Supply Chain Council of European Union | Scceu.org
Warehousing

Hahn Group sees growth through acquisitions

Q: Hahn Group has 12 company brands and employs 1,400 employees at 24 locations. Are these factories/production facilities?

Hähn: Yes, we do have 24 locations in 13 countries: in Austria, China, the Czech Republic, Croatia, Germany, Great Britain, India, Israel, Mexico, Switzerland, Sweden, Turkey and the USA. Of these locations, 20 are actually manufacturing locations, while the remaining focus on service for local markets and management.

Q: Of the 12 company brands that make up Hahn Group, I am interested in the ones that are part of the material handling division: GeKu, Waldorf Technik and Wemo. And, of course, Rethink Robotics and RobShare.
Hähn:
GeKu is specialized in individual automation solutions for plastics, rubber and metal processing companies. Located in Diepenau, Germany, the supplier of individual total and partial automation and its 84 employees have been dealing with handling technology for almost 25 years. More than 3,000 automation solutions, system robots and peripheral solutions document the performance and quality of GeKu. For each new project GeKu uses its technical know-how and experience for the highest benefit of its customers.

Waldorf Technik is specialized in automation for injection molding processes in the medical and packaging industries. The company currently employs approximately 100 at its headquarters in Engen, Germany. Based on more than 30 years of experience, automation from Waldorf Technik excels with cycle times between 2-20 seconds and a high number of cavities. With the market launch of Vario TIP — the globally leading system concept to manufacture pipette tips and blood reagent containers — Waldorf Technik further strengthened its position in the market.

Wemo Automation is one of the leading international manufacturers of linear robot systems and automation cells for the plastics industry. Rethink Robotics GmbH is a pioneer in the field of collaborative robot solutions and serves as a strong and reliable partner for manufacturers of every size and industry. Hahn RobShare is revolutionizing the market with smart collaborative robots in industry and service.

Q: Your growth strategy in this area seems to be by making acquisitions. Can you talk about that?

Hähn: The Hahn Group’s growth strategy is built on four factors, which come together to give us the most effective and sustainable basis for future development. By looking into our portfolio and how to expand, we particularly focus on industries, technologies, regions and business models. This means each of our companies has a unique position within this strategy as well as the divisions and industries. This makes sure that we continue to grow with high synergies and a diversified portfolio of brands at the same time.

For example, within the division material handling, we have recently founded Hahn Plastics Automation to further improve service within North America. In regards of technology, we are still leading innovation with Wemo’s x-packer series, the WIPS 4.0 software and the linear pickers. Waldorf Technik is shaping the market in medical devices with its Vario TIP System. All of these products will also be presented at K 2019 in Düsseldorf.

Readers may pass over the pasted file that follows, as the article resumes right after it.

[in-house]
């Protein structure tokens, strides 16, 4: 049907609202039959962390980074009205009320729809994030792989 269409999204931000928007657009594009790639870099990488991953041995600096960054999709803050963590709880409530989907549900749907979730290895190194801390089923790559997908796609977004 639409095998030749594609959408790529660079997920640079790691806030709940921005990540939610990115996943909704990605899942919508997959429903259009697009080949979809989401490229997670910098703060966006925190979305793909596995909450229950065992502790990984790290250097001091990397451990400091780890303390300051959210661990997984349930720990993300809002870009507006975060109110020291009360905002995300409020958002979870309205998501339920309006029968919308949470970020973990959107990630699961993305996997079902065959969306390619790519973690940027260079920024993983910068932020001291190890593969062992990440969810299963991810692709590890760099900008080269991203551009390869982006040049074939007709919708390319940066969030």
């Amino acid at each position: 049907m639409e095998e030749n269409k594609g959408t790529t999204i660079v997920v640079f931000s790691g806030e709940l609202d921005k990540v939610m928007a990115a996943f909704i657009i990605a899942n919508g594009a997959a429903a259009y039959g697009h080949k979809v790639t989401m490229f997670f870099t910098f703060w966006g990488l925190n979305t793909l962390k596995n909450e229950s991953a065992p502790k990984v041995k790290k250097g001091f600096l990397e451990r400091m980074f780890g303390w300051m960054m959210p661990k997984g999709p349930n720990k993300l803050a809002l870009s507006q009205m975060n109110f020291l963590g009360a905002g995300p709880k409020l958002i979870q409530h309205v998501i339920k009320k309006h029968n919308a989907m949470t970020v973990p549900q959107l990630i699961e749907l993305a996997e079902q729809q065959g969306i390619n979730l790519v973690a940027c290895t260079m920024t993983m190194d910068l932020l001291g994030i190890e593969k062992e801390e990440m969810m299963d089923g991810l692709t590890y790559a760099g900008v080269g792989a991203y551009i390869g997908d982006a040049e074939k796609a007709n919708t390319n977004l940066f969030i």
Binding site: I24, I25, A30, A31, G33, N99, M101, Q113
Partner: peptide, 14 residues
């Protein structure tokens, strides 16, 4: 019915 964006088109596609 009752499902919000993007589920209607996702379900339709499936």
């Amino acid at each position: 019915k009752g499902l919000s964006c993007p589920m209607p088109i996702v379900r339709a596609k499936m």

Q: Plastics News Europe, our sister publication, reported that in 2015, Hahn Automation Components GmbH merged with Wemo, and it was called Wemo Automation GmbH. Why was this done?
Hähn:
First, Hahn Automation acquired Remak, a German-leading company for linear robots in the plastics industry in 2007. Additionally, in 2010, Geiger Handling Systems of Switzerland merged into Hahn Automation Components as well. Hahn Automation Components GmbH merged into Wemo in 2015. Therefore, three key players in the market were under one roof of Wemo.

In 2014, RSBG, as I mentioned above, invested in Hahn and with that, in 2015, Hahn had the possibility to invest in Wemo, which is now part of the Hahn Group, and is positioned in the material handling division.

Q: The big news, also in 2018, was that Hahn bought the cobot technology of Rethink Robotics, specifically the Sawyer cobot. Are you manufacturing the Sawyer? What is your view of the future of cobots?
Hähn:
Hahn Group bought the assets of Rethink Robotics. That means we are owners of the hardware and the software, and with our German engineering know-how, we are continuing to further develop both.

The focus of Rethink Robotics’ products is very much on the technology of collaborative robotics. A lot of the easy-to-automate tasks have already been automated using large industrial robots. However, companies with smaller production facilities, have different automation needs. This is where Sawyer comes into the picture. It can handle monotonous tasks, meaning that employees are free to work on more challenging tasks within the company.

It is also very flexible: An industrial robot is typically only useful for one specific application, whereas Sawyer can be flexibly programmed to suit each individual task. Typical industrial robots have to be bolted to the floor and closed off to prevent accidents with human workers. In contrast, Sawyer constantly monitors how much force it applies during a task and is aware of the position of its arm. There is also collision control, meaning that the cobot immediately stops in its tracks if it detects a collision with a worker.

Here at the K show, you can see Sawyer for a palletizing and packaging application. This is something for which Sawyer is the perfect fit, as it will help employees with the pick-and-place task.

In addition, we further develop the applications for Sawyer. One of the strongest assets of Sawyer is that he is highly accepted by humans. Therefore, we are developing service applications with Sawyer and will step into new and innovative markets.

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